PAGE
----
After a quick dinner, we went swimming in the hotel pool.
Return to the room by 11:00 p.m.

The schedule was non-stop. Whenever I travel with Kim, there are always stories to tell on our return. The stories are usually funny or silly. On this trip, a situation unfolded which left me wondering...

On Sunday night, our small group was heading to the pool. We walked along a pathway that winded around the hotel complex. It was well lit and populated by hotel guests. We heard screams from inside a room…”Help me! Help me!” The door opened and a woman carrying a toddler and a cell phone came outside. The woman walked over to us and stood among our group which included my 11 year old daughter. The woman was excited and wanted to talk to a manager. She said her husband was trying to hurt her.

The husband walked out and stayed a few feet away from his wife. He told everyone that his wife was drunk and everything was fine. I told the woman she could walk with us to the pool where there would be a hotel attendant on duty. As soon as I made the suggestion, she walked away from our group and headed in the another direction. The husband followed at a distance repeating, “It is o.k. She is drunk.” The woman walked away with the husband following her. The other hotel guests on the path or on their porch did not say anything. My group continued walking to the pool. At the pool, we looked to see if the husband and wife were on the path but they were gone.

I observed the following:
No obvious smell of alcohol.
No slurred speech.
No apparent bruises or rumpled clothing.
Woman had cell phone out and ready.
Man did not appear agitated.
Toddler was not crying.
Woman did not want to walk with us to the pool area.

What would you have done?

Approximately a half an hour later we ran into the woman and man on the path back to our room. She was still carrying a toddler. The only difference was that she had a margarita in her hand instead of the cell phone. The husband followed about twenty feet behind her.

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Friday, September 3, 2010

Having Versus Being

For the most part, I try to keep my blog post's positive. I want to encourage, share and discuss. But every once in a while...

The black belts were in the dojo after class having one of our discussions. Some of the best karate discussions are the ones which happen after class. A relaxed, impromptu exchange of ideas. The topics range from martial arts, technique, current legislation, scenarios, local interest, agriculture, our kids, current news, etc.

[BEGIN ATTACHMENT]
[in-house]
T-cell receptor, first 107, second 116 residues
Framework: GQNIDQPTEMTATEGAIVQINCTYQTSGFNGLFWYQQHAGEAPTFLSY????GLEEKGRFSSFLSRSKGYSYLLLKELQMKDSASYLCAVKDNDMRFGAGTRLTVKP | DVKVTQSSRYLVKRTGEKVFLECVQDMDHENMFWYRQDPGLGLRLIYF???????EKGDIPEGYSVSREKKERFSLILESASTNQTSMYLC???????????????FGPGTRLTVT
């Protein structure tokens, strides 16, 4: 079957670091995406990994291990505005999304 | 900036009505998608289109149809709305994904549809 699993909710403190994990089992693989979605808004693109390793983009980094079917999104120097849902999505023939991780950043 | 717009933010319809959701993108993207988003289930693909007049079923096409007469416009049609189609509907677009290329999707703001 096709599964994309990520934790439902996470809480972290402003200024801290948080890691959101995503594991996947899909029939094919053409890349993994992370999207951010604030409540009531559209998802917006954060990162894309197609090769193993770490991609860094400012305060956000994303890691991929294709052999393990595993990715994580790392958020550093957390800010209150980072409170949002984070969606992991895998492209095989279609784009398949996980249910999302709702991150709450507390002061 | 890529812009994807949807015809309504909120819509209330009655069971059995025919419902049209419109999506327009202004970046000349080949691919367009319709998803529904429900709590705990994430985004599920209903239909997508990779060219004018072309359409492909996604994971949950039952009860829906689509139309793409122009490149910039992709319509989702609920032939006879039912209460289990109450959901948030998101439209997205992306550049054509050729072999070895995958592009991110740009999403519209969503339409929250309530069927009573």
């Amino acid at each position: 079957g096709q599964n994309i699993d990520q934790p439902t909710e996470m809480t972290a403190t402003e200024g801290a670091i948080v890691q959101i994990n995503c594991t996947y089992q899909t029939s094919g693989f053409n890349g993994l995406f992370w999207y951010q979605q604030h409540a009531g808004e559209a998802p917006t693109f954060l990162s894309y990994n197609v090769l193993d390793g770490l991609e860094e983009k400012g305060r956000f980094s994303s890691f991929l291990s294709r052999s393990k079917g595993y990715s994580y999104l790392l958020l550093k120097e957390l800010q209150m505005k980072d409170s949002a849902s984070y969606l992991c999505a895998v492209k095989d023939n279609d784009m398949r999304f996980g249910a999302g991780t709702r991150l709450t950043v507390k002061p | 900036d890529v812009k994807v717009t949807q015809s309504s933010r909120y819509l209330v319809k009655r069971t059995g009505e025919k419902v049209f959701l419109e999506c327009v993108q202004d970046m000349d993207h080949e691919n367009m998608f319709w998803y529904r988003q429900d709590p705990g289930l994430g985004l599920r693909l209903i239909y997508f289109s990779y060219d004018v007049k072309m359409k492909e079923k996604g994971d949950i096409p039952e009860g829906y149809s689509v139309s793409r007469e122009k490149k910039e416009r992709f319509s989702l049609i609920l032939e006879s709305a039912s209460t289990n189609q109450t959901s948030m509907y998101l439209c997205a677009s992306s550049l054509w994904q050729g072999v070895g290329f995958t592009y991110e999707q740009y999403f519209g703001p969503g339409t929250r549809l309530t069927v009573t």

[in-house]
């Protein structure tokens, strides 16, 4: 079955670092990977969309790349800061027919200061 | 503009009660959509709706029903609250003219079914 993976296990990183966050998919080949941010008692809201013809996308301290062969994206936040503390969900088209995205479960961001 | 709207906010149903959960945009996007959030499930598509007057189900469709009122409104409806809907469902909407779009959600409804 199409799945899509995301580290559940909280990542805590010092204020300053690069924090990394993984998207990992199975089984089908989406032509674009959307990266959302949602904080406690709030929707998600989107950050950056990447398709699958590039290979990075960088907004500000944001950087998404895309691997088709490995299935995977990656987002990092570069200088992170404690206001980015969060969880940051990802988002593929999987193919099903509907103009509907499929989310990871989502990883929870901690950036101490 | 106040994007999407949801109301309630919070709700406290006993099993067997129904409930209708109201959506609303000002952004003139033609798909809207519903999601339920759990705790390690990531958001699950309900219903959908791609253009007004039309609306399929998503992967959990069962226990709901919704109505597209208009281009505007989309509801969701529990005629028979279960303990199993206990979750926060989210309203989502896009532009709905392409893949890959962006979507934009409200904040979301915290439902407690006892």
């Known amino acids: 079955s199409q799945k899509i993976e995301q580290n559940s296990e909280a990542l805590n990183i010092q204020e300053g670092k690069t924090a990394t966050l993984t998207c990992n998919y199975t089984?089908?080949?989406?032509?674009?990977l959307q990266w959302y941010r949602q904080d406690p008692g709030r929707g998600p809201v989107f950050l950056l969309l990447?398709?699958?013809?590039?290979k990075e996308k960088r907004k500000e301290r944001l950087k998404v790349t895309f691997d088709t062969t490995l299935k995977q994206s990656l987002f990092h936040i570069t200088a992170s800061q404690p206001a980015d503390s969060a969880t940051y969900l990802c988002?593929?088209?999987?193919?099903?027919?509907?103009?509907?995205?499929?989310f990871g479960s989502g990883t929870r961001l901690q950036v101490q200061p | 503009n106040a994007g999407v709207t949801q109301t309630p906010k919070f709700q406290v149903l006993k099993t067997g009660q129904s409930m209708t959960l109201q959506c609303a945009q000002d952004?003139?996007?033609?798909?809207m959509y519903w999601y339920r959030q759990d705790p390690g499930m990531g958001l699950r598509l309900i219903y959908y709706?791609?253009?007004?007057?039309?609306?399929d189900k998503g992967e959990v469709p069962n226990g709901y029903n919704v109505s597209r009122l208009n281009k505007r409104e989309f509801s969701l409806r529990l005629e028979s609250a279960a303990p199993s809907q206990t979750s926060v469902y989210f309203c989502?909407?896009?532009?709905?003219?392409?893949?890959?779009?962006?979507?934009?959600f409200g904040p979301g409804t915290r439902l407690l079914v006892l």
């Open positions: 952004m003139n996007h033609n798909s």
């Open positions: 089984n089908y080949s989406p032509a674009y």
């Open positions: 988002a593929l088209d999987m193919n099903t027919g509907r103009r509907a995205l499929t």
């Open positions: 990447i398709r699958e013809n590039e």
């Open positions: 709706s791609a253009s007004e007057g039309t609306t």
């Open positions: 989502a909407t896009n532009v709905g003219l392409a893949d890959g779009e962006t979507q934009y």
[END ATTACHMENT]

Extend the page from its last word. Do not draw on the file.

Last night, we were talking about our kids, school and activities. My daughter participates in club soccer. During the course of the conversation, we discussed the fact that two of the players on the U12 team are "retired" black belts. They attended the local chain karate school and received black belt ranking. I am sure the girls worked hard and accomplished what they needed to earn shodan rank in their school. This post is not about the two girls.

My question to the group...What happens when students who earn black belts at a very young age and retire are adults? They are still black belts...right? Everyone in the group agreed but we made a distinction which applies to all ages. It applies to all of us.

There is a difference between having and being.

Wednesday, September 1, 2010

Managing A Break In Your Martial Arts Training

As an instructor, I have been notified by email, phone, voice mail and face-to-face when a student is taking a break in training. There have been instances when a student just stops coming to class. I will only find out later, when I run into them in the grocery store or at the mall, they are taking a break. The conversation sounds something like this....

Student: I need to take a break for a few months due, baseball, swimming, vacation, school work, job changes, scheduling conflicts etc.

Me: I am sorry to hear that you are taking a break but I understand. You will be missed in the dojo. If you have a free night, please feel free to come to class if you get a chance.

Student: I will definitely be back in a few months.

I smile and wish them the best.

From my experience, after the "take a break" conversation, I know there is about a 50% chance the student will return. The time set aside for karate training quickly gets absorbed into other activities or projects. One black belt who took a longer break than he expected was surprised how difficult it was to get back into training. He was concerned about forgetting material and feeling out of shape.

Last night, I had the same conversation from a different perspective. I called my tai chi instructor and told him I needed to take a break until December. I put my gym membership on hold due to work responsibilities. The conversation was the same except I was the student. It was a new perspective. As an instructor, it is never an easy conversation to hear. As a student, it was a tough phone call to make.

I do not want to be part of the 50% who does not return to training. I am planning ahead and making a list of ways to manage break in my tai chi training.

1. Keep in contact with your instructor and the other students.
2. Stop by for a class...even if it is once a month.
3. Practice on your own so you don't forget the material.
4. Keep reading and studying.
5. Set a date for your return. Don't leave it open ended.
6. Invite your training partners for an informal workout.
7. I invited my tai chi instructor to teach a guest session at our dojo.

Have you ever taken a break in training? How did you stay involved/interested? Did you return? Any ideas to add to the list?